For years, a part-time administrator helped lead the Hernando Education Foundation’s efforts to land grant money and solicit donations of dollars, supplies, and time to benefit local schools. The foundation’s board decided last summer that it was time to start searching for a full-time, salaried executive director, and recently tapped Beth Narverud, a Spring Hill mother of three students at Challenger K-8. Born in Brooklyn and raised on the Jersey Shore (the real Jersey Shore, she’s quick to point out, not the one on television), Narverud helps run the family’s two Domino’s Pizza locations. She spoke with reporter Tony Marrero about her new post.
What do you see as the role of the director?
My role is to bring the Hernando Education Foundation to the forefront of the community, to provide organization, planning, and commitment to the education system.
What qualities do you have that will help you do that?
I am very involved in the community. I talk to strangers (laughs). It's something I've always seen my mom do, and my dad. We've always been very outgoing people. I think my business background and training, planning and organizational skills will really help the foundation move forward with process, procedure, and intensity. I'm definitely passionate about what we do, and I'm honored to work with the other board members because they're all awesome people.
What is the biggest challenge facing the school system and how can the foundation help?
Hernando County's a hidden gem of Tampa Bay … and we can boost our economy by improving our education system. We have excellent educators here already, and they're kind of like lost heroes, and the education foundation would like to bring them to a level of recognition for the good things that they do.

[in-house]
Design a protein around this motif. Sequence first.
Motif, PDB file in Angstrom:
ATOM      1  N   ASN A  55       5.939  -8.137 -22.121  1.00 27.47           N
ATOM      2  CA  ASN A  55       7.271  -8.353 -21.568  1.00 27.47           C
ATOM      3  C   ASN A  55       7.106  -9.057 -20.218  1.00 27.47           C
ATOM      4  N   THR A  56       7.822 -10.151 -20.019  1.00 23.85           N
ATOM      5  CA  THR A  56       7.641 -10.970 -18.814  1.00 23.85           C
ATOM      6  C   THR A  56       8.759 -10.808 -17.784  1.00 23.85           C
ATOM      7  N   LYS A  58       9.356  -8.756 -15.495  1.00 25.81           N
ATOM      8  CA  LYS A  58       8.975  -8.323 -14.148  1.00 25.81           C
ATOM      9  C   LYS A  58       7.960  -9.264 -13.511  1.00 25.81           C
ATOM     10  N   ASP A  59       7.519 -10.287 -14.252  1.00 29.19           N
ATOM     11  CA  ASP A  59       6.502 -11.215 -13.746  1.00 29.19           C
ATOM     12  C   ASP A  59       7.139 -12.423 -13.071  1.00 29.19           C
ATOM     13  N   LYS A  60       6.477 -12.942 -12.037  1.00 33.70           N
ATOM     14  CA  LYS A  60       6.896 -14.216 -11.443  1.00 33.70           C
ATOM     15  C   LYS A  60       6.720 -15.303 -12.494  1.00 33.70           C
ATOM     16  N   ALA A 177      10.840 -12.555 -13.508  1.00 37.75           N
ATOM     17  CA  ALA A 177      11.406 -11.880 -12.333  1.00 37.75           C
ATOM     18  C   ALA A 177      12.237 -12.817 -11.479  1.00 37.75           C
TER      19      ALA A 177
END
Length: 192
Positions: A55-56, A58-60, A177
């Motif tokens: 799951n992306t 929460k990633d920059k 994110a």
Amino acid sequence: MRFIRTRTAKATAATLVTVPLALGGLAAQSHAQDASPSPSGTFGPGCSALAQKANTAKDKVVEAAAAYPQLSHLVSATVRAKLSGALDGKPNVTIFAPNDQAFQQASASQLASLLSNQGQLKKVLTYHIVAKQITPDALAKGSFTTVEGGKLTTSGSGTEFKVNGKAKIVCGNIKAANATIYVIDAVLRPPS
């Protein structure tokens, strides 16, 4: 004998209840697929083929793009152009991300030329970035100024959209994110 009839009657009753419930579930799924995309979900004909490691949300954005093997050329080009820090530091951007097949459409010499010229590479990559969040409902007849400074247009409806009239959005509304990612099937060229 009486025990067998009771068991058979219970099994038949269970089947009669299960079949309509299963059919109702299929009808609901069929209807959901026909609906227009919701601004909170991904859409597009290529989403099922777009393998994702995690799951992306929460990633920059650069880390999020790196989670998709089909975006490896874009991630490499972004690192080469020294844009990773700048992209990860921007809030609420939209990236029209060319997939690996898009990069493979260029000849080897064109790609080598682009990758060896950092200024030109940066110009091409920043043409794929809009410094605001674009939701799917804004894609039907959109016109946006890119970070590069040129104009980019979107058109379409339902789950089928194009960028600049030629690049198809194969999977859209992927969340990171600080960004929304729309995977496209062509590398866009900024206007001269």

What is your message to Hernando's teachers?
I think there are some innovative and remarkable ideas that they have, but they don't feel like they can get their programs going because they don't have the funding. I want them to know the education foundation is here to help them find funding, and not just through our classroom grant program. We will cast the net as big and as wide as needed to fulfill the needs of the programs that they've come up with. I think a lot of them are afraid of the grant process because they've been told, "Oh, grants are so hard, they're so scary," and they're really not. Paint me a picture of what you'd like, tell us why you want to do it, and if that makes sense, we're going to help you find funding. It's as simple as that.
What can the community do to help?
The community can get involved by, of course, donations. Lending us some time, whether it’s coming into a classroom and reading a book, or helping us hand out fliers at an event to promote the mission of the foundation. It’s even coming into a classroom and speaking about what you do in life, teaching children what the real world is going to be, and showing them different avenues and different possibilities that are available to them. We have lots of people who own businesses in the county, we have lots of people who work for businesses in the county. I think there are a lot of options here in Hernando County for our kids but we also want to provide them with options that are beyond anything they have dreamed of, and I think businesses in the community all believe children are worth our investment of time and resources.